The Care Quality Commission (CQC) has told Nottingham University Hospital NHS Trust it must improve the quality of its leadership and urgent and emergency services.
CQC carried out an inspection in June and July at urgent and emergency services and surgery at the Queen’s Medical Centre and surgery at City Hospital, as part of CQC’s continual checks on the safety and quality of healthcare services. An inspection of the well-led domain of the trust overall was also carried out.
Following the inspection, the trust was issued with a warning notice requiring them to make improvements around leadership, risk management, governance and culture due to concerns found.
As a result of the inspection, the overall rating of the trust has moved down from good to requires improvement. The trust was rated outstanding for being caring, requires improvement for being safe, effective and responsive and inadequate for being well-led. The overall rating for surgery remained as good and the overall rating for urgent and emergency services remained as requires improvement.
Sarah Dunnett, CQC’s head of hospital inspection, said:
“Our inspection of Nottingham University Hospital NHS Trust found a number of areas where improvements were needed, particularly around leadership regarding the trust board and executive team, culture and risk management, to ensure patients receive safe and timely care and staff are fully supported.
“We were concerned about the culture of bullying across the trust with many staff being too frightened to speak up. We were told of bullying incidents occurring that hadn’t been addressed quickly and staff hadn’t been adequately supported. We were told several bullying cases were directly attributable to racial discrimination which is not acceptable.
“There was a high level of anxiety among staff in the emergency department about the overall lack of capacity and space to meet the needs of people using the service. Although staffing was reviewed frequently, it was often challenging to resource the department when it was over capacity which resulted in patients being nursed in areas where staff were not always present which placed them at risk.
“However, we also saw examples of good practice across the trust. For example, surgery services at both sites were managed effectively with high quality patient care deemed a priority. Staff were caring, supportive and respectful and worked hard to achieve the best outcomes for patients.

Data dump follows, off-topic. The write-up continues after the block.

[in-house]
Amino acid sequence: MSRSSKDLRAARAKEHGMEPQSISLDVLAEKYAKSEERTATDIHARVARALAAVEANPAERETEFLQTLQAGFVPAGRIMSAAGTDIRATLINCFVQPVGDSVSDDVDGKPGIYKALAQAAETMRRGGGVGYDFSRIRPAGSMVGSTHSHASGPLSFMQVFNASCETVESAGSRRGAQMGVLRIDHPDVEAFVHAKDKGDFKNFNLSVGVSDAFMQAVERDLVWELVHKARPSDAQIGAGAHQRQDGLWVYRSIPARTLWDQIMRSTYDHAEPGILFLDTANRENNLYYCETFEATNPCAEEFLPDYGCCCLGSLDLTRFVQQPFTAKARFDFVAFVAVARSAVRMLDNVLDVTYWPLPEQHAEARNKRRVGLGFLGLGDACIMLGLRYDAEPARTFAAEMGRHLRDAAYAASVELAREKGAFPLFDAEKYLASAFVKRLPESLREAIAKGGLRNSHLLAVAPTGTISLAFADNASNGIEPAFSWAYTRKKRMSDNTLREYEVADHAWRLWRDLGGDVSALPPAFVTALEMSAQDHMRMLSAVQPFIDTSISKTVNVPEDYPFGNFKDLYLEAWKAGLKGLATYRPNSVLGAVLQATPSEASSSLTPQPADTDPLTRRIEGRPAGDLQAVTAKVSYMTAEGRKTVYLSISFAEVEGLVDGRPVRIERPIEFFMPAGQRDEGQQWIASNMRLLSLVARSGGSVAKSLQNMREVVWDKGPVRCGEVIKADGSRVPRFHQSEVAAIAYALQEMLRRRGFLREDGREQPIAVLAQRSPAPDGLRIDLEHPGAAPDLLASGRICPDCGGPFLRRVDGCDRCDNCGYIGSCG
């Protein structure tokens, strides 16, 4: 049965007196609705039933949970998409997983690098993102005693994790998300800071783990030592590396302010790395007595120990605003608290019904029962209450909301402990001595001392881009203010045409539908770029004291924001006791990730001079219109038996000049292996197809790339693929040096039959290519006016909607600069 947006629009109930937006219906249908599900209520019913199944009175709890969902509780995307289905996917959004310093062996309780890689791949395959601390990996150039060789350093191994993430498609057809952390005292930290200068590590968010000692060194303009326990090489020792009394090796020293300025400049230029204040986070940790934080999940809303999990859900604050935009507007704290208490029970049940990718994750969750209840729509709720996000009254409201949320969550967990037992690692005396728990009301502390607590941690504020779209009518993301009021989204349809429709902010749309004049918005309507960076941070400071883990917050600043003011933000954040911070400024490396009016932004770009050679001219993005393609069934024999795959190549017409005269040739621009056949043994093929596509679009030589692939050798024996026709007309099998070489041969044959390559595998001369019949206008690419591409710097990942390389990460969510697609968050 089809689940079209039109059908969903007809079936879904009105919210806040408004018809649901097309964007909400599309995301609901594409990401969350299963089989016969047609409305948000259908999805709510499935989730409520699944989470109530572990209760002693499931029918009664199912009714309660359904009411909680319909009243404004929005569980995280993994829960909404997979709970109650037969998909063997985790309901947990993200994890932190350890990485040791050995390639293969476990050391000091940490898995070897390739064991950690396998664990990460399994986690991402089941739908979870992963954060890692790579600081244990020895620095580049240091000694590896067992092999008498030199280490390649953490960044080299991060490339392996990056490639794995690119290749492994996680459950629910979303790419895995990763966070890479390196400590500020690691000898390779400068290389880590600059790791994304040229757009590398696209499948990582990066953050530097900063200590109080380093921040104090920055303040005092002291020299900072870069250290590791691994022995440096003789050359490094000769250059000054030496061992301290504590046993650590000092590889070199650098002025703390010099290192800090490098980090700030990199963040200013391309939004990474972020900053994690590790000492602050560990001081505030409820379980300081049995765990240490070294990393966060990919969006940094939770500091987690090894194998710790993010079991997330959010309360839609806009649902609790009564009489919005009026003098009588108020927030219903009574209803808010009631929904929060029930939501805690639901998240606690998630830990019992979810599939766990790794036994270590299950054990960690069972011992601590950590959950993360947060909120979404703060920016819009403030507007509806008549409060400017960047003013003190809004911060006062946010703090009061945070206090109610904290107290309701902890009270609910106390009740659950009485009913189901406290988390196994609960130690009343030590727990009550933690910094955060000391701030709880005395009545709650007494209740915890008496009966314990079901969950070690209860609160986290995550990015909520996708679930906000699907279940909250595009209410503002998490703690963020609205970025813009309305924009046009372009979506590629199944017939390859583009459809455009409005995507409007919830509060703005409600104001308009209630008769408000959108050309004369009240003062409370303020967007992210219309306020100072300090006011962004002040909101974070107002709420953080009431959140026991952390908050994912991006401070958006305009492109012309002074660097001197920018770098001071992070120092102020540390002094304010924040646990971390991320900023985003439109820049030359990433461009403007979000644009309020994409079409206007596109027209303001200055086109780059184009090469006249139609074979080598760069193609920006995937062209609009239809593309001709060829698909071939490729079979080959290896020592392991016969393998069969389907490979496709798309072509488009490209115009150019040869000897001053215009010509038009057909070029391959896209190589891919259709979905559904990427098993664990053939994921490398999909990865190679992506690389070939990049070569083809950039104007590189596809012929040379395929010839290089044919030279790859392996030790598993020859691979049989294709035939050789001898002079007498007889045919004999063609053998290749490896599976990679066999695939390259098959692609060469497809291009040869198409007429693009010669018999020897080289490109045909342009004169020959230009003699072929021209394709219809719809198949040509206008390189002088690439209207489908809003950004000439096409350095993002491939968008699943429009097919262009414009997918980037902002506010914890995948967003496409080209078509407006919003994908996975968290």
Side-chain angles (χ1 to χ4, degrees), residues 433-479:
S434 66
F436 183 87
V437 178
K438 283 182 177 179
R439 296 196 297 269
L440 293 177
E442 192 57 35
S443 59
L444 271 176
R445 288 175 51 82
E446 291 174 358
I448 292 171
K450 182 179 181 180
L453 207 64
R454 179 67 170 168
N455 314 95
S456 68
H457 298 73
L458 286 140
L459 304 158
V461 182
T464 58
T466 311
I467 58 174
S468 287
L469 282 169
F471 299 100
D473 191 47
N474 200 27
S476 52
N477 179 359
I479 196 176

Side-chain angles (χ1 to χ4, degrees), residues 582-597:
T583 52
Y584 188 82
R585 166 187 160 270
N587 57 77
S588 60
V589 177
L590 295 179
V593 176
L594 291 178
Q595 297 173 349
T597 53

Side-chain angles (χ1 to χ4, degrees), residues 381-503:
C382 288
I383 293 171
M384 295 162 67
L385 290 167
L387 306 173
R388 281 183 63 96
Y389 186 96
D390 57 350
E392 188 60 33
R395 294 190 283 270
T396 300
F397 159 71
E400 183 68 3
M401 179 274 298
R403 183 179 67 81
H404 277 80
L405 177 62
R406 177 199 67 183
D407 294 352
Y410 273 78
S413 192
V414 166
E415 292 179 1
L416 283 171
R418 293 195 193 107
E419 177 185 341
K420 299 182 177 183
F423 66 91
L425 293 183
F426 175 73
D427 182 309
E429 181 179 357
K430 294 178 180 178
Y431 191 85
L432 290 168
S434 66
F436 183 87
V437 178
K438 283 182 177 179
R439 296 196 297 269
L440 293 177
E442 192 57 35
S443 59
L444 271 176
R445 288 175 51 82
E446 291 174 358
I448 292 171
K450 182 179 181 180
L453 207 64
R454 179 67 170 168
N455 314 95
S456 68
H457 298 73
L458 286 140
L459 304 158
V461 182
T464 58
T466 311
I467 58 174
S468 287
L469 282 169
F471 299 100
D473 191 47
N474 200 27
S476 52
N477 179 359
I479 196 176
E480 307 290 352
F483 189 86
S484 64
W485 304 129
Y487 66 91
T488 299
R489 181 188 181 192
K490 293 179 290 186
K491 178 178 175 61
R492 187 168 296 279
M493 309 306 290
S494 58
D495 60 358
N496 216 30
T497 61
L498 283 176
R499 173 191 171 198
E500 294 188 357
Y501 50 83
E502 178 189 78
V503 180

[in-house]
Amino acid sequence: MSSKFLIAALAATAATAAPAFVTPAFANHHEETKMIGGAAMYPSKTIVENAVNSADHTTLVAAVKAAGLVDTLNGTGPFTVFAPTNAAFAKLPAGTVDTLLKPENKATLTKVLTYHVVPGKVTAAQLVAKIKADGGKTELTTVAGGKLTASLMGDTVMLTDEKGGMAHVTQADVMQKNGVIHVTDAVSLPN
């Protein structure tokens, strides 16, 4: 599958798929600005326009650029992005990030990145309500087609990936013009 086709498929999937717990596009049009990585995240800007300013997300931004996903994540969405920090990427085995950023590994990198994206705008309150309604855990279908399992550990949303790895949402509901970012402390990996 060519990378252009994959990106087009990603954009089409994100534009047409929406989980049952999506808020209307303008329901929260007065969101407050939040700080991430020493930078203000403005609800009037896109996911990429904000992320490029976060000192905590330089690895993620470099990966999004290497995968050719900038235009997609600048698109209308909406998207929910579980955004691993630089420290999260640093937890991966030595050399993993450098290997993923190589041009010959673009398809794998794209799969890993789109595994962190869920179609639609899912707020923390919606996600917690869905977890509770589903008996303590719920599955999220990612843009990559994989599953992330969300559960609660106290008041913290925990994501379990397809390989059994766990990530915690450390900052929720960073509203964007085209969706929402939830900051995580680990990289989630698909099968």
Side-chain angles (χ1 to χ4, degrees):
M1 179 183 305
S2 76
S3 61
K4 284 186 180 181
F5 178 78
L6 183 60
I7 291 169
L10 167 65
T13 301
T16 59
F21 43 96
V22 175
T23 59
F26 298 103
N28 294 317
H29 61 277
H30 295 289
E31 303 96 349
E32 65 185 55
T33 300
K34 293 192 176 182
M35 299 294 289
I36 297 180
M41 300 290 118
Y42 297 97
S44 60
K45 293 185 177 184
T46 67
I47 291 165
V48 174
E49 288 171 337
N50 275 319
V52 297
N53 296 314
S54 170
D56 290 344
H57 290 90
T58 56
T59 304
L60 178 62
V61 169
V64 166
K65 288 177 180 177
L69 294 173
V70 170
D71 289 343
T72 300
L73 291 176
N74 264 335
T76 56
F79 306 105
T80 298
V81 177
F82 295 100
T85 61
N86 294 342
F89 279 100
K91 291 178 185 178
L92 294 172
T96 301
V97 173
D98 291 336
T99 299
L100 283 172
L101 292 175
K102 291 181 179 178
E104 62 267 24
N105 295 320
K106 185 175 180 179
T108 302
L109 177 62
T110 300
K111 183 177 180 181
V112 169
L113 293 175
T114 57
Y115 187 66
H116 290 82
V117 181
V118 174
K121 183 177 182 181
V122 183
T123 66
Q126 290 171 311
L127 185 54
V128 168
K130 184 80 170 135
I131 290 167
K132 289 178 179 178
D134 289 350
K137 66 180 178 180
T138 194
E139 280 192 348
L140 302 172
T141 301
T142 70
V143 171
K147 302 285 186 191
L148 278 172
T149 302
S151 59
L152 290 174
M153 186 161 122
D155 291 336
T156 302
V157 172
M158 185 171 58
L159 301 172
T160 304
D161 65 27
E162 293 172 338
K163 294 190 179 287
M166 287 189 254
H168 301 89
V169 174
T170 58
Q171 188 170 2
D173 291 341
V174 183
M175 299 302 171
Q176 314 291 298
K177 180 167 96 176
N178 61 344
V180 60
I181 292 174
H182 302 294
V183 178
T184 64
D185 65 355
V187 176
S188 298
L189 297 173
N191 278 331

“Despite the pandemic impacting waiting times for surgical treatment, managers monitored these and ensured patients could still access emergency treatment. The service had a dedicated flow matron who had oversight of these pressures and worked to ensure patients were not impacted.
“The trust knows where we expect to see improvements. We will continue to monitor the service closely to ensure the necessary improvements are made.”
The board was not working effectively together to achieve its full potential. Whistleblowing information described executive directors having poor relationships and often working in silo. Some staff did not know who their leaders were, and many said they were not visible or approachable.
Some board and executive team leaders lacked integrity, focusing on the trust’s external reputation rather than addressing challenges. For example, the maternity service was experiencing significant challenges that resulted in needing support from a nearby NHS trust. At this time, there was limited executive oversight of the service with the challenges being addressed locally outside of the executive team.
Following the inspection, CQC told the trust it must make several improvements, including:
- The disconnect between the board and the wider organisation must be addressed
- Measurable action must be taken to address bullying across the organisation
- Safety and safeguarding incidents must be reviewed and investigated, and lessons must be learned when things go wrong
- All levels of governance and management must function effectively and interact with each other appropriately
- All staff, including those with protected characteristics under the Equality Act, must be treated equally.
In urgent and emergency services:
- Patients must be assessed, and their care must be prioritised in a timely way
- There must be enough competent staff employed and deployed to meet the needs of patients
- Risks must be considered and sufficiently mitigated against, with appropriate oversight from the trust board
- Patients who require admission must be transferred without unnecessary delay.
- All patients must receive a mental capacity assessment when concerns about capacity to consent are identified.
Full details of the inspection are given in the report published on our website.
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